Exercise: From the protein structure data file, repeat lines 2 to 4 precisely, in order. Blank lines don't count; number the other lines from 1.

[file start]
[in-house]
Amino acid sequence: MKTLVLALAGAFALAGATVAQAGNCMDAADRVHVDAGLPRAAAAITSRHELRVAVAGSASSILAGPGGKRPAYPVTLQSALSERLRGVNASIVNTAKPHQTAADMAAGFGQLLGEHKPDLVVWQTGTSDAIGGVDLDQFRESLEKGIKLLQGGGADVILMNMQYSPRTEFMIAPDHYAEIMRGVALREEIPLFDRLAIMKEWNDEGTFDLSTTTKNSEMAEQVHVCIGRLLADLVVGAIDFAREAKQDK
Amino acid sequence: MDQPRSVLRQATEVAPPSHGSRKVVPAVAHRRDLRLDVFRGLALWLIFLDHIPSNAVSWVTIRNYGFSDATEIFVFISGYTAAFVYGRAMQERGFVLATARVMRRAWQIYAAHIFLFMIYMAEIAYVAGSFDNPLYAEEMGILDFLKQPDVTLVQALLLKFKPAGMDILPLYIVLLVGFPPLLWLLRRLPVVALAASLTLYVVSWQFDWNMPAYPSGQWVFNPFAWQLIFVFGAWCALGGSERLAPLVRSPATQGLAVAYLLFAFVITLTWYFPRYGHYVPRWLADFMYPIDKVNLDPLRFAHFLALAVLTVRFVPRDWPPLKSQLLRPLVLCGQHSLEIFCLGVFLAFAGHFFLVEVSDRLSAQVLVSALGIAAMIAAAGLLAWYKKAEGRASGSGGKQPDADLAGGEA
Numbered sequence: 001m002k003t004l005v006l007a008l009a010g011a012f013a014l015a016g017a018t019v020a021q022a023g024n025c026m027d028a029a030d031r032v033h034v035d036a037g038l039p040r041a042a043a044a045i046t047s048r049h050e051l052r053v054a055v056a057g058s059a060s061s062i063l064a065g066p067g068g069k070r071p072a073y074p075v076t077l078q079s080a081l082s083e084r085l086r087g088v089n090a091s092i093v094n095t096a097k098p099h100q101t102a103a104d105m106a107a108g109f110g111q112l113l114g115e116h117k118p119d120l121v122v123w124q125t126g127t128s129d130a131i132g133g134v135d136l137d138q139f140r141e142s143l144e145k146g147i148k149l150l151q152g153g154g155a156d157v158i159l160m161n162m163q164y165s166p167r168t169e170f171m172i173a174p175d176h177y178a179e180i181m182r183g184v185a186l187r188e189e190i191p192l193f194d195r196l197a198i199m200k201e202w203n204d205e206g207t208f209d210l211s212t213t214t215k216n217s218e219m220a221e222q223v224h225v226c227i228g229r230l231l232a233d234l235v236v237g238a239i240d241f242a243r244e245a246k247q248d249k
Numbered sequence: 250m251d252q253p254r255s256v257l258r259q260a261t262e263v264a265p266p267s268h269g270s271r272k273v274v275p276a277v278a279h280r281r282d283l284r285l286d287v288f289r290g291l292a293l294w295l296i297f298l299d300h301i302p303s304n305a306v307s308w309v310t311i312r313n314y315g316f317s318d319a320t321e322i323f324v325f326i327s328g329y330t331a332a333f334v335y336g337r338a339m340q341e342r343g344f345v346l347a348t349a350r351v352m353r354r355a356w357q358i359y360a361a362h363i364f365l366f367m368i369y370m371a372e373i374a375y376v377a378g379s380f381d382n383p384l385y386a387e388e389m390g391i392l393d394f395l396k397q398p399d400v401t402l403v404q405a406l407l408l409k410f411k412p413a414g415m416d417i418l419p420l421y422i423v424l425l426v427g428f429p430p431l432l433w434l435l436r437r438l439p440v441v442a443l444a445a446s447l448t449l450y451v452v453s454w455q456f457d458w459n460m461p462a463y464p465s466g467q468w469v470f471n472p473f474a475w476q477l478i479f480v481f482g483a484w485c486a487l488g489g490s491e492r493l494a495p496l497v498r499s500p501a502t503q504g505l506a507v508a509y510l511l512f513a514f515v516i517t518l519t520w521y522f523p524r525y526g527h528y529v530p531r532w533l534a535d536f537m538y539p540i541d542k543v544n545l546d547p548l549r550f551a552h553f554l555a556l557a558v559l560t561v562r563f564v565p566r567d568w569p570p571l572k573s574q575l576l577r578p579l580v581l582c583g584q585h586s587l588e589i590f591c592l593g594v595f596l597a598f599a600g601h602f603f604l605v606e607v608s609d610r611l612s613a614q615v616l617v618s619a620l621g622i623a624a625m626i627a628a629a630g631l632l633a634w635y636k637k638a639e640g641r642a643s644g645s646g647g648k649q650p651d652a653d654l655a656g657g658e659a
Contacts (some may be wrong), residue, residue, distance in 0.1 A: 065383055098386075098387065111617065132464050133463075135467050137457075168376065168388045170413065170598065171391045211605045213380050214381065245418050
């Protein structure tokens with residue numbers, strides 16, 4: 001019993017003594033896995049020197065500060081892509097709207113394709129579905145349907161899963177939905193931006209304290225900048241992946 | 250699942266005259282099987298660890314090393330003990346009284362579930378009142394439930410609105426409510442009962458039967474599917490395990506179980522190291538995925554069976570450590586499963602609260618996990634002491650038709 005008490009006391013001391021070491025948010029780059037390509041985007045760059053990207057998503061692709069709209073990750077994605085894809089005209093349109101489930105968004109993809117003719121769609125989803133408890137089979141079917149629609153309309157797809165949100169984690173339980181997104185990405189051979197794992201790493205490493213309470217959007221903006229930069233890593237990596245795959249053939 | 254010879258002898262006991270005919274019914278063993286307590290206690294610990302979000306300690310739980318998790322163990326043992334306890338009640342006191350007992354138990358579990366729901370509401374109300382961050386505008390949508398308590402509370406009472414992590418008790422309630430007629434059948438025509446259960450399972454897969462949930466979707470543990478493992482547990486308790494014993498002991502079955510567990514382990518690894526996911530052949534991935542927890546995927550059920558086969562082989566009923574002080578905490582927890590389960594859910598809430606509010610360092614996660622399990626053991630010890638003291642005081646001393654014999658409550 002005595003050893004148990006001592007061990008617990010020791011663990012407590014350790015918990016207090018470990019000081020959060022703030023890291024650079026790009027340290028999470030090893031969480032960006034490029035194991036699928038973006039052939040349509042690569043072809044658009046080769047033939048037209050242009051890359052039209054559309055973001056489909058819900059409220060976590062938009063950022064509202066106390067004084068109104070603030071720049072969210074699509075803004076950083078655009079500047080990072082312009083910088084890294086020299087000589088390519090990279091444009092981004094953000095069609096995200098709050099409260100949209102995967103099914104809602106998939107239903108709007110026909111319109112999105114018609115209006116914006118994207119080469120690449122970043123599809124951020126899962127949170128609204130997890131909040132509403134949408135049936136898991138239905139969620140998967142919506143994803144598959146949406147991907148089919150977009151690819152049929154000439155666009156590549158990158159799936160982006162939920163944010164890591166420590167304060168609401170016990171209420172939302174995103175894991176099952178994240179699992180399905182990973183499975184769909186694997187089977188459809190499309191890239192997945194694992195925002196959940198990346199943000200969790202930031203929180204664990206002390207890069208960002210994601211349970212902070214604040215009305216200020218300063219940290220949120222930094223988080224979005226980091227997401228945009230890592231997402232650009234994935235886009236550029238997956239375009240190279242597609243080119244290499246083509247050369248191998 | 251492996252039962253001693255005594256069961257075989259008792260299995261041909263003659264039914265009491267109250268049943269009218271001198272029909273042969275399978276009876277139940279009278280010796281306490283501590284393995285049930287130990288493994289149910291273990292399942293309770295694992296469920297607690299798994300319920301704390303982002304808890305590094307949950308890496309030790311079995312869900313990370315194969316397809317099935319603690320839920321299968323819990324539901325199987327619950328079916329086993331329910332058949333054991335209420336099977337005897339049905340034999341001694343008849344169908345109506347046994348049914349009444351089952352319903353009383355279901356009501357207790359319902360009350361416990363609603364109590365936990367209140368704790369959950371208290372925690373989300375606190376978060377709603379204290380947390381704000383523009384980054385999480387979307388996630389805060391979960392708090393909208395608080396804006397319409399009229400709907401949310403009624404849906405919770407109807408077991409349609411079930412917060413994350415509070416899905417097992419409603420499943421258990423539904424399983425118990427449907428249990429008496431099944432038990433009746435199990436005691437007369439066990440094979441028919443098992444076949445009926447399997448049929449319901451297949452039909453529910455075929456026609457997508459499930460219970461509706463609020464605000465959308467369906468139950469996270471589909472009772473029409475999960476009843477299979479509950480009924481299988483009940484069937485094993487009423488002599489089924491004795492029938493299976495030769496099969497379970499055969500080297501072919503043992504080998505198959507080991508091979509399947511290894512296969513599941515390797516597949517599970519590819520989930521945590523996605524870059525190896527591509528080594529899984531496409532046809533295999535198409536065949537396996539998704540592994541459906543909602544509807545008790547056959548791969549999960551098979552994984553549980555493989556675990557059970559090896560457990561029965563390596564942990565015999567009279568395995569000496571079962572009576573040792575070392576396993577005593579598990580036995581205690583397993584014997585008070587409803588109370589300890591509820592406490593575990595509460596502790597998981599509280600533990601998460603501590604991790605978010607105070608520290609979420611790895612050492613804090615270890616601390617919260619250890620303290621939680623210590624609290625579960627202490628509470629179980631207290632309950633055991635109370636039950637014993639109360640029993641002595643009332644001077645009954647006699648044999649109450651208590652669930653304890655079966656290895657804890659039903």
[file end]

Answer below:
Amino acid sequence: MKTLVLALAGAFALAGATVAQAGNCMDAADRVHVDAGLPRAAAAITSRHELRVAVAGSASSILAGPGGKRPAYPVTLQSALSERLRGVNASIVNTAKPHQTAADMAAGFGQLLGEHKPDLVVWQTGTSDAIGGVDLDQFRESLEKGIKLLQGGGADVILMNMQYSPRTEFMIAPDHYAEIMRGVALREEIPLFDRLAIMKEWNDEGTFDLSTTTKNSEMAEQVHVCIGRLLADLVVGAIDFAREAKQDK
Amino acid sequence: MDQPRSVLRQATEVAPPSHGSRKVVPAVAHRRDLRLDVFRGLALWLIFLDHIPSNAVSWVTIRNYGFSDATEIFVFISGYTAAFVYGRAMQERGFVLATARVMRRAWQIYAAHIFLFMIYMAEIAYVAGSFDNPLYAEEMGILDFLKQPDVTLVQALLLKFKPAGMDILPLYIVLLVGFPPLLWLLRRLPVVALAASLTLYVVSWQFDWNMPAYPSGQWVFNPFAWQLIFVFGAWCALGGSERLAPLVRSPATQGLAVAYLLFAFVITLTWYFPRYGHYVPRWLADFMYPIDKVNLDPLRFAHFLALAVLTVRFVPRDWPPLKSQLLRPLVLCGQHSLEIFCLGVFLAFAGHFFLVEVSDRLSAQVLVSALGIAAMIAAAGLLAWYKKAEGRASGSGGKQPDADLAGGEA
Numbered sequence: 001m002k003t004l005v006l007a008l009a010g011a012f013a014l015a016g017a018t019v020a021q022a023g024n025c026m027d028a029a030d031r032v033h034v035d036a037g038l039p040r041a042a043a044a045i046t047s048r049h050e051l052r053v054a055v056a057g058s059a060s061s062i063l064a065g066p067g068g069k070r071p072a073y074p075v076t077l078q079s080a081l082s083e084r085l086r087g088v089n090a091s092i093v094n095t096a097k098p099h100q101t102a103a104d105m106a107a108g109f110g111q112l113l114g115e116h117k118p119d120l121v122v123w124q125t126g127t128s129d130a131i132g133g134v135d136l137d138q139f140r141e142s143l144e145k146g147i148k149l150l151q152g153g154g155a156d157v158i159l160m161n162m163q164y165s166p167r168t169e170f171m172i173a174p175d176h177y178a179e180i181m182r183g184v185a186l187r188e189e190i191p192l193f194d195r196l197a198i199m200k201e202w203n204d205e206g207t208f209d210l211s212t213t214t215k216n217s218e219m220a221e222q223v224h225v226c227i228g229r230l231l232a233d234l235v236v237g238a239i240d241f242a243r244e245a246k247q248d249k